Classification and Mechanical Properties of Aggregates

January 6, 2019 | Author: Ali Khan | Category: Construction Aggregate, Concrete, Rock (Geology), Wear, Granite
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Classification of Aggregates Mechanical properties of aggregates

Objectives: •

To explain the following classifications of aggregates: o

Size classification


Petrographic classification


Shape and texture classification

To explain the following mechanical properties of aggregates: o









1. Size Classification

Based on the size of the particles of aggregates, following classification is made: •

 Fine aggregate: aggregate particles smaller than 5 mm (3/16 in.) or No.4 ASTM sieve size Coarse aggregate: aggregate particles equal to or larger than 5 mm (3/16 in.) or   No.4 ASTM sieve size

2. Petrographic (i.e. Geological) Classification •

From the petrological standpoint, aggregates can be classified into several groups of rocks having common characteristics, as classified by BS 812: Part 1, and  presented in the following table: Petrographic examination of aggregates is useful for the following purposes: o



Assessing quality of aggregate Comparing a new aggregate with an aggregate which quality is already known Detecting the adverse properties of aggregate such as the presence of some unstable forms of silica

Table 3.1: Rock type classification of natural aggregates according to BS 812: Part1 : 1975 Basalt Group Andesite Basalt Basic porphyrites Diabase Dolerites of all kinds including theralite and teschenite Epidiorite Lamprophyre Quartz-dolerite Spilite Granite Group

Gneiss Granite Granodiorite Granulite Tuff Syenite Limestone Group Dolomite Limestone Marble

Schist Group Phyllite Schist Slate I All severely sheared rocks

Flint Group Chert Flint

Gritstone Group (including fragmental volcanic rocks) Arkose Greywacke Grit Sandstone Quartz-diorite

Gabbro Group Basic diorite Basic gneiss Gabbro Hornblende-rock  Norite Peridotite Picrite Serpentinite

Hornfels Group

Contact-altered rocks of all kinds except marble Pegnatite

Porphyry Group Quartzite Group Aplite Ganister  Dacite Quartzitic sandstones Felsite Re-crystallized Granophyre quartzite Keratophyre Microgranite Porphyry Quartz-porphyrite Rhyolite Trachyte

3. Shape and Surface Texture Classification A broad classification of aggregates on the basis of shape is presented in the following table, as given by BS 812: Part 1: Table 3.2: Particle shape classification of aggregates according to BS 8U: Part 1: 1975; with examples –  Classification Rounded





Flaky and elongated

Description Examples Fully water-worn or  River or seashore gravel; completely shaped by desert, seashore and wind attraction  blown sand Naturally irregular, or partly Other gravels; land or dug shaped by attrition and flint having rounded edges Material of which the Laminated rock  thickness is small relative to the other two dimensions Possessing well-defined Crushed rocks of all types; edges formed at the talus; crushed slag intersection of roughly  planar faces Material, usually angular, in which the other two dimensions Material having the length considerably larger than the width, and the width considerably larger than the thickness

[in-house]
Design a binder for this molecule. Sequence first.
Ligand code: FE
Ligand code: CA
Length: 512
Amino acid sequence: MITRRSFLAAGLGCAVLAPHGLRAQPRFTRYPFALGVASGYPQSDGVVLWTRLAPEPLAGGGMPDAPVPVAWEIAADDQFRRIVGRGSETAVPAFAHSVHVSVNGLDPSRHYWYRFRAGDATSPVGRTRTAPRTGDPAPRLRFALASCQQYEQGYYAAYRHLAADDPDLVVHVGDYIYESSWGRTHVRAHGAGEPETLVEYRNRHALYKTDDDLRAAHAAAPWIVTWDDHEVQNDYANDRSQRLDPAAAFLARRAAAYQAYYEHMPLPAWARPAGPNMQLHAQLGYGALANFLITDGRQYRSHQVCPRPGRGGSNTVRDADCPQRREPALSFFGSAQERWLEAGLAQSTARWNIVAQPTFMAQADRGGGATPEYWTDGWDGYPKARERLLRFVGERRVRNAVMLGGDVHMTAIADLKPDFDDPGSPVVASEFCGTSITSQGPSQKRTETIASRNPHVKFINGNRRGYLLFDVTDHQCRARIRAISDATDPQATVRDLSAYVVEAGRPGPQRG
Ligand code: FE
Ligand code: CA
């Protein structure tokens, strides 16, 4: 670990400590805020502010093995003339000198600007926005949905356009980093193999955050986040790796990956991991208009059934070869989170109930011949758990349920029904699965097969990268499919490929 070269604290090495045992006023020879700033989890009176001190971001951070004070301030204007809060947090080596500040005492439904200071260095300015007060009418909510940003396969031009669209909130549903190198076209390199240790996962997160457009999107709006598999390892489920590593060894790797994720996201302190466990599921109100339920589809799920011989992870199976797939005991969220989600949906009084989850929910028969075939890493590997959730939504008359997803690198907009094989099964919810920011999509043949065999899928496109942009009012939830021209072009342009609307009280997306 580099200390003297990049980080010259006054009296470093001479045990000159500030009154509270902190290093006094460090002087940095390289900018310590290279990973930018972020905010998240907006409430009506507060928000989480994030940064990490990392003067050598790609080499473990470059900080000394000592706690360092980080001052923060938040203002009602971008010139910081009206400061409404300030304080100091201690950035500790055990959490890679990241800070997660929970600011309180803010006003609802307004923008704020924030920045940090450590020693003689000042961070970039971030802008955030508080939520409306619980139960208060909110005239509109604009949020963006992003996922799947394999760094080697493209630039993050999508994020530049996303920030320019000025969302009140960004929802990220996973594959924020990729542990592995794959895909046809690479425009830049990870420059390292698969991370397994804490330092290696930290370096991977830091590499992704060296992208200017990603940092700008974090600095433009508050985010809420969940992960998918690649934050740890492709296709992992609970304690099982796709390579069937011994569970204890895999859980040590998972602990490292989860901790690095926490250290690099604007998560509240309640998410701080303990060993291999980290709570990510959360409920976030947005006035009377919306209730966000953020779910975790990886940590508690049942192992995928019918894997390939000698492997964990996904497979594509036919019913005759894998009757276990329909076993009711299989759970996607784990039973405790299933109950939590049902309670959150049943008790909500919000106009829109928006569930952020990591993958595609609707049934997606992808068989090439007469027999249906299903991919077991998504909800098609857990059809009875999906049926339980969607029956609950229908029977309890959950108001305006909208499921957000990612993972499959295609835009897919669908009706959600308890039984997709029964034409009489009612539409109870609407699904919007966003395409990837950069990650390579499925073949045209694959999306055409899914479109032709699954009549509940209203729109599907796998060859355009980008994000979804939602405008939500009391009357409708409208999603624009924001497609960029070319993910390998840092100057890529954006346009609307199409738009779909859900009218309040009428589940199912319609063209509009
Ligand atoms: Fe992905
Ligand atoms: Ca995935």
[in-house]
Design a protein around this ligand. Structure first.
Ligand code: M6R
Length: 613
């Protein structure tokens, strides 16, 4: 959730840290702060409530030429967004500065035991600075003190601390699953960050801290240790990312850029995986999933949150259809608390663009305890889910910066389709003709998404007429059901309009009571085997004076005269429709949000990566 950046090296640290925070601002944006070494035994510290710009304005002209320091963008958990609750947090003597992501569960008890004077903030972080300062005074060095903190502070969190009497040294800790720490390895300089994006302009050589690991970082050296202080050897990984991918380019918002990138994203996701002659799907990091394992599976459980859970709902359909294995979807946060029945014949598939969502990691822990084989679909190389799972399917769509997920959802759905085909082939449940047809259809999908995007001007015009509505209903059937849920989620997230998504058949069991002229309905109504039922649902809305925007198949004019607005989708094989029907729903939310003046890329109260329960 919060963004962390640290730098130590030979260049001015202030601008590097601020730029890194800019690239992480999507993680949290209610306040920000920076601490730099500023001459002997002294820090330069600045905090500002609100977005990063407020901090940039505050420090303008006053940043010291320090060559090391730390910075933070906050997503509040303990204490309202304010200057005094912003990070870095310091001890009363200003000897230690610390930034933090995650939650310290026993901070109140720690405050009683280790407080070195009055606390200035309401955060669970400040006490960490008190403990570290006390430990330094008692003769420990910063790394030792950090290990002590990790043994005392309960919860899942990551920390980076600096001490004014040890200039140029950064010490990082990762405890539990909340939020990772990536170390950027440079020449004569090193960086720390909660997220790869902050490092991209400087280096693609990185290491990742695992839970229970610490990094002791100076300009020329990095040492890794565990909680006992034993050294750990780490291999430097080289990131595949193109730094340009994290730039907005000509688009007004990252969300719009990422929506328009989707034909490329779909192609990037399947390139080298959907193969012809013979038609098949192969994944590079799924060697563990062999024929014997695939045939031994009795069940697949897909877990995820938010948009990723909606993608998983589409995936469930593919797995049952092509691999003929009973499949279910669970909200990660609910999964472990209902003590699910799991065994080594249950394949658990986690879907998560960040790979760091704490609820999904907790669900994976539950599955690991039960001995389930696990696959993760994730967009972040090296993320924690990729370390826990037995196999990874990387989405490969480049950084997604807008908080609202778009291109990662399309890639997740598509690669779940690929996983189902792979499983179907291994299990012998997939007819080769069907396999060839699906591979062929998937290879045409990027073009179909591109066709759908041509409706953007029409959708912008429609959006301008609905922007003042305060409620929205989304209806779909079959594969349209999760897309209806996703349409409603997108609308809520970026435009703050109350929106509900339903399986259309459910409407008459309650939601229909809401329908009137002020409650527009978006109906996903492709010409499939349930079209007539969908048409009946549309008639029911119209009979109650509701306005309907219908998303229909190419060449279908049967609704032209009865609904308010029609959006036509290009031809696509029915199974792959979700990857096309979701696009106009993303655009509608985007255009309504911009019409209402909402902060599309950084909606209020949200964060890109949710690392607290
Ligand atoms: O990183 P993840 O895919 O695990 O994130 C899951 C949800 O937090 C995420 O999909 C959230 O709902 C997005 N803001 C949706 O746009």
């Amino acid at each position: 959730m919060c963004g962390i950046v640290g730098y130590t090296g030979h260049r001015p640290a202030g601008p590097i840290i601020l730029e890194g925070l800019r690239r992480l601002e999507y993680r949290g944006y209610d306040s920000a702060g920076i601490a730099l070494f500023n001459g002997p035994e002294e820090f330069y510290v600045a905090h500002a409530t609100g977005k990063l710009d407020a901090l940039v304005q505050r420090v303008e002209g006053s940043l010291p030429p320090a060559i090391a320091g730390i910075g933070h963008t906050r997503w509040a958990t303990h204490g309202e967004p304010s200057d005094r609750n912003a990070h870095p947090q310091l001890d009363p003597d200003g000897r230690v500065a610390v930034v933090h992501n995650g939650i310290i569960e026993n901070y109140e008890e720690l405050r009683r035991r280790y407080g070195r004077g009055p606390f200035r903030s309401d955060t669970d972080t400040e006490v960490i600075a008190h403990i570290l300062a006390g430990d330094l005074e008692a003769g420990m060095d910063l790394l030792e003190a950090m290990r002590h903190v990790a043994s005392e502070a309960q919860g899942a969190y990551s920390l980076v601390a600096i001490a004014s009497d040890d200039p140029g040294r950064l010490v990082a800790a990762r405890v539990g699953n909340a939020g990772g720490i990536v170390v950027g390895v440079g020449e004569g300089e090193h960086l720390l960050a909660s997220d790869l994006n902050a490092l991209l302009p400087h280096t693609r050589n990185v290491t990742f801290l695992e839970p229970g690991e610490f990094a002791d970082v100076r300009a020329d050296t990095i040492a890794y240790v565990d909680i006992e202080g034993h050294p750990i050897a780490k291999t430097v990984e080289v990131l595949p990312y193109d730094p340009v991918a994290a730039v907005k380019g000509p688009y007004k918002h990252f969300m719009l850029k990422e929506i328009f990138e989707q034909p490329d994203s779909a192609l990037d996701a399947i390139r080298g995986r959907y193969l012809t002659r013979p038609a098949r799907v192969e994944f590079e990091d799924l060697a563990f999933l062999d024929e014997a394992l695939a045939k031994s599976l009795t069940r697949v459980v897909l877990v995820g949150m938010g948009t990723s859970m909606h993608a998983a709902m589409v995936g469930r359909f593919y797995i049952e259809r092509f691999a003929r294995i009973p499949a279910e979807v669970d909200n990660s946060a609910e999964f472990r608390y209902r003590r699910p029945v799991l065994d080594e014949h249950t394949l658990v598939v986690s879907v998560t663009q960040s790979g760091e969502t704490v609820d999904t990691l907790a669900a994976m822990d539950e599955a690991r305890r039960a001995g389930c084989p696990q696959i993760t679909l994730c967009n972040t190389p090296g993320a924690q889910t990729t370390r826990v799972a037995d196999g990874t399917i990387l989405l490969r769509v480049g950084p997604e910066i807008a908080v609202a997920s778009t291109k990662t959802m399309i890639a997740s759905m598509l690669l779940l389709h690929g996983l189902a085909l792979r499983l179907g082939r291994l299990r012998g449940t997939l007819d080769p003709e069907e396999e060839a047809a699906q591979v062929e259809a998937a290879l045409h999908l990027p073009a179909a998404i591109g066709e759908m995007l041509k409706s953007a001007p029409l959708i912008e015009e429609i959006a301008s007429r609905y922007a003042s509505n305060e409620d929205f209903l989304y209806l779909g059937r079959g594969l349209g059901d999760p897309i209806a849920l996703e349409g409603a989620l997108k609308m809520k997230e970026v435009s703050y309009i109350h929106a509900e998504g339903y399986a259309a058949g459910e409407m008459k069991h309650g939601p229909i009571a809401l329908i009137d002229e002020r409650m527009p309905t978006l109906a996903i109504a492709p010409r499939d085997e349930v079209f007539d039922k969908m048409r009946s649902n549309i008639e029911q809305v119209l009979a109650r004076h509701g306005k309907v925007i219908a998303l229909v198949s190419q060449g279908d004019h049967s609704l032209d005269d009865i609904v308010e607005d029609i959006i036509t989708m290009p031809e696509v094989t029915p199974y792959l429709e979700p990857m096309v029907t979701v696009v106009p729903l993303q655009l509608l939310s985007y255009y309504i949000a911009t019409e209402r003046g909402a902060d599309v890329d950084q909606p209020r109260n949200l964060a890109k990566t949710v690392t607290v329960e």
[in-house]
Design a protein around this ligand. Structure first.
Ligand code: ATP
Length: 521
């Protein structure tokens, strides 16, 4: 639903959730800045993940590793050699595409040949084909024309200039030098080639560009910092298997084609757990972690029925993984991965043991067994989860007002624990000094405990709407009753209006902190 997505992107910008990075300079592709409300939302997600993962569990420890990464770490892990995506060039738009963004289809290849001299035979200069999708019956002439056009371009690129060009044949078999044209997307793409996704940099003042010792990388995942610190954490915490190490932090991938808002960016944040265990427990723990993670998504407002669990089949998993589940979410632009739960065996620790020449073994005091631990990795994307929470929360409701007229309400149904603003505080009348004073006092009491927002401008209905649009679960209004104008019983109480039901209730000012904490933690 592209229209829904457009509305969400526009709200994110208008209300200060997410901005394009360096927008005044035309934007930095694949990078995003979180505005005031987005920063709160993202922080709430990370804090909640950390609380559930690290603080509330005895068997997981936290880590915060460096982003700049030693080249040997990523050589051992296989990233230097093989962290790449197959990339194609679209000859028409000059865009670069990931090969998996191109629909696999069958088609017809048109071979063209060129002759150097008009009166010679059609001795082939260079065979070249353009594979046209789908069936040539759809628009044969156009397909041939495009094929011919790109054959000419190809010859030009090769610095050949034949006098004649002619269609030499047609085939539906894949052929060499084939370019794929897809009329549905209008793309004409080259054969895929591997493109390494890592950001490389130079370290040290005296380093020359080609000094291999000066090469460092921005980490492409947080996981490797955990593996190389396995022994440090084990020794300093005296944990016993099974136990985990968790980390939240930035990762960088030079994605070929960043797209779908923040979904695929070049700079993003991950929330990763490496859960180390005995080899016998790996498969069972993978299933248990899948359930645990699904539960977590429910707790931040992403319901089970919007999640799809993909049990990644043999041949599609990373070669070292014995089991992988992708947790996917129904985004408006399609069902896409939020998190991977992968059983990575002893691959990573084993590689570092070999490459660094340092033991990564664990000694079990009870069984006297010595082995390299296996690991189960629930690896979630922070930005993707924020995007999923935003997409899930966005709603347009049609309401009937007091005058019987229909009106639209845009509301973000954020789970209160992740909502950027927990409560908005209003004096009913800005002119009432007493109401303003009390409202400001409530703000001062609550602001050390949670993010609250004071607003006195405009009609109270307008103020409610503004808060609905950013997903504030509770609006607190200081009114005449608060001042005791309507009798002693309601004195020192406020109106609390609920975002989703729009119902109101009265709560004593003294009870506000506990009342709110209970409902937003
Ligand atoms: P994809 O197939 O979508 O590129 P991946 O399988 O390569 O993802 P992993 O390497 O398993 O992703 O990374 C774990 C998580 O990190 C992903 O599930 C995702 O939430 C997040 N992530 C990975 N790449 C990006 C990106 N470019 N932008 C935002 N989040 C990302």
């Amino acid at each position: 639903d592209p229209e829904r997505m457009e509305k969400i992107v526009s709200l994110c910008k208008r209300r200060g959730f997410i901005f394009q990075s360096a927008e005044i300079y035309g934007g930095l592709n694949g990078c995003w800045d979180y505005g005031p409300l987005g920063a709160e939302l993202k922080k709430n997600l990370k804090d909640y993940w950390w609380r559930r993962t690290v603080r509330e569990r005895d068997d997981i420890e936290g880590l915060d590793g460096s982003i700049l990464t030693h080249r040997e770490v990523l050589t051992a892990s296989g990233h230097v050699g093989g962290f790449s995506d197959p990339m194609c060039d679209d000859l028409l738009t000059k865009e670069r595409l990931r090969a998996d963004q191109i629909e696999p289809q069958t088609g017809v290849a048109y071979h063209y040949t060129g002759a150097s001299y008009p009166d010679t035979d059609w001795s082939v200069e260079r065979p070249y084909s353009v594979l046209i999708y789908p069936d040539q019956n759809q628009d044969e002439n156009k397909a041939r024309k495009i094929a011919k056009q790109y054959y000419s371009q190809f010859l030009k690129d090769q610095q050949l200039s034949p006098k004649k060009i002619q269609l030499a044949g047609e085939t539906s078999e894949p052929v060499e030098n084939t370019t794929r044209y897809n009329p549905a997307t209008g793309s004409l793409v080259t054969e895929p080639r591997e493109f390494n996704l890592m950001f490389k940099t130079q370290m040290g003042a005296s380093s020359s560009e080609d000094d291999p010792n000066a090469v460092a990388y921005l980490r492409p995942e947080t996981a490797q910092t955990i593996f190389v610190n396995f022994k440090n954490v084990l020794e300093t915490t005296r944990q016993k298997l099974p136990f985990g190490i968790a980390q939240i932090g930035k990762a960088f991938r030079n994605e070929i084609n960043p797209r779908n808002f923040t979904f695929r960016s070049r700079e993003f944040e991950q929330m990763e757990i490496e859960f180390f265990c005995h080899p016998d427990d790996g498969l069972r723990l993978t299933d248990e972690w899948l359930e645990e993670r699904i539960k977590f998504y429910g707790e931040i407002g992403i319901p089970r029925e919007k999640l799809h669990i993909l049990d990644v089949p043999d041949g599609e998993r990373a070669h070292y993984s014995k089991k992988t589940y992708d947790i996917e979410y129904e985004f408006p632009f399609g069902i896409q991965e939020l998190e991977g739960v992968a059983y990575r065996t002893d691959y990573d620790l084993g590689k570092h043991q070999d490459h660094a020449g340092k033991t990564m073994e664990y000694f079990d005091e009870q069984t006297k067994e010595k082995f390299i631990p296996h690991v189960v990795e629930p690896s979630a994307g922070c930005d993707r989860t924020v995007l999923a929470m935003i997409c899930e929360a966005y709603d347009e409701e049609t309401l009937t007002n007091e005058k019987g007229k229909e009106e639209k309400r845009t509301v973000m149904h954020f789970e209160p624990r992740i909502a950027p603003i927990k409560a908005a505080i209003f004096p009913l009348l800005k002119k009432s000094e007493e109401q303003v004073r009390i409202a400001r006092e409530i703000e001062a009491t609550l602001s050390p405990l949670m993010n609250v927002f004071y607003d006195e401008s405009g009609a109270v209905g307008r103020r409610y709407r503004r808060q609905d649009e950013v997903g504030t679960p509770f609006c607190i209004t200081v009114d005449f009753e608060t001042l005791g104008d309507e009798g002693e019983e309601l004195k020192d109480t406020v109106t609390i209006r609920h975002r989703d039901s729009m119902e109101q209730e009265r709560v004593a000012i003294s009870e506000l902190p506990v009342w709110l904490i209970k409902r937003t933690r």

A shape classification sometimes used in USA is as follows: • • • • •

Well rounded: no original face left  Rounded: faces almost gone Subrounded: considerable wear, faces reduced in area Subangular: some wear but faces untouched  Angular: little evidence of wear 

Following are the terms related to the shape of aggregate: i) ii) iii) iv) v) vi) vii)

Angularity number  Sphericity Mean size Elongated particle Flaky particle Elongation index Flakiness index

(i) Angularity number  •

Rounded gravel particles possess lesser voids (mostly 33%, i.e. 67%  solids, by volume) as compared to the angular particles

Angularity number measures the percentage of voids in angular particles in excess of that in the rounded gravel particles

Angularity number  = % of solid volume in a vessel filled with aggregate in a standard manner - 67 (i.e. % volume of solids of the rounded gravel)

The higher the angularity number, the more angular the aggregate.

The range of angularity number for practical aggregates is between 0 and 11

(ii) Sphericitv •

Sphericity is defined as a function of the ratio of the surface area of the particle to its volume. Sphericity is influenced by the following: o


bedding and cleavage (i.e. split) of the parent rock  types of crushing equipment

Higher sphericity lowers the workability of the concrete. Higher sphericity also adversely affects the durability of concrete.

Elongated and flaky particles are found to have higher degree of sphericity and therefore their presence in excess of 10 to 15% of the mass of coarse aggregate is generally considered undesirable

Typical shapes of aggregates. (iii) Mean size •

The mean size of an aggregate particle is defined as the arithmetic mean of the sieve size on which the particle is just retained and the sieve size through which the  particle just passes.

(iv) Flaky particle •

An aggregate particle is said to be flaky if its thickness (least dimension) is less than 0.6 times its mean size

(v) Elongated particle •